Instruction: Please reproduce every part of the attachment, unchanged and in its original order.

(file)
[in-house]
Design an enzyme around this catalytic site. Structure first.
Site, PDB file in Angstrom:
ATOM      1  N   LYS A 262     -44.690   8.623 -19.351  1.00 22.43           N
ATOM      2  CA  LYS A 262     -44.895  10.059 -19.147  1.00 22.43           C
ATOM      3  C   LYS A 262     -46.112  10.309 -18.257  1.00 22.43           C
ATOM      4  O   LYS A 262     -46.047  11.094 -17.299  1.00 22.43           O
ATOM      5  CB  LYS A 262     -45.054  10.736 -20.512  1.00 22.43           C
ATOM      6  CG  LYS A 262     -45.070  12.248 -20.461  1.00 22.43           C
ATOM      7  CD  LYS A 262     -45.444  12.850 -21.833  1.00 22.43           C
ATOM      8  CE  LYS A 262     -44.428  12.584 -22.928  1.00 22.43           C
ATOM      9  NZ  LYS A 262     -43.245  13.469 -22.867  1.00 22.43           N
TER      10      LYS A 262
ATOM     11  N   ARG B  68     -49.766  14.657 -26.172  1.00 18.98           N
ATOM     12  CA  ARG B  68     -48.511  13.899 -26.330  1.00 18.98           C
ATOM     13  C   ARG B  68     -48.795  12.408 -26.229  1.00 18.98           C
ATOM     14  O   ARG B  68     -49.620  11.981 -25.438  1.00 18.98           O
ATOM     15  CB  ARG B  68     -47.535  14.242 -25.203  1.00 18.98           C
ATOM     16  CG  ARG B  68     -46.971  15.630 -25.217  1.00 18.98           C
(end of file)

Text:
[in-house]
Design an enzyme around this catalytic site. Structure first.
Site, PDB file in Angstrom:
ATOM      1  N   LYS A 262     -44.690   8.623 -19.351  1.00 22.43           N
ATOM      2  CA  LYS A 262     -44.895  10.059 -19.147  1.00 22.43           C
ATOM      3  C   LYS A 262     -46.112  10.309 -18.257  1.00 22.43           C
ATOM      4  O   LYS A 262     -46.047  11.094 -17.299  1.00 22.43           O
ATOM      5  CB  LYS A 262     -45.054  10.736 -20.512  1.00 22.43           C
ATOM      6  CG  LYS A 262     -45.070  12.248 -20.461  1.00 22.43           C
ATOM      7  CD  LYS A 262     -45.444  12.850 -21.833  1.00 22.43           C
ATOM      8  CE  LYS A 262     -44.428  12.584 -22.928  1.00 22.43           C
ATOM      9  NZ  LYS A 262     -43.245  13.469 -22.867  1.00 22.43           N
TER      10      LYS A 262
ATOM     11  N   ARG B  68     -49.766  14.657 -26.172  1.00 18.98           N
ATOM     12  CA  ARG B  68     -48.511  13.899 -26.330  1.00 18.98           C
ATOM     13  C   ARG B  68     -48.795  12.408 -26.229  1.00 18.98           C
ATOM     14  O   ARG B  68     -49.620  11.981 -25.438  1.00 18.98           O
ATOM     15  CB  ARG B  68     -47.535  14.242 -25.203  1.00 18.98           C
ATOM     16  CG  ARG B  68     -46.971  15.630 -25.217  1.00 18.98           C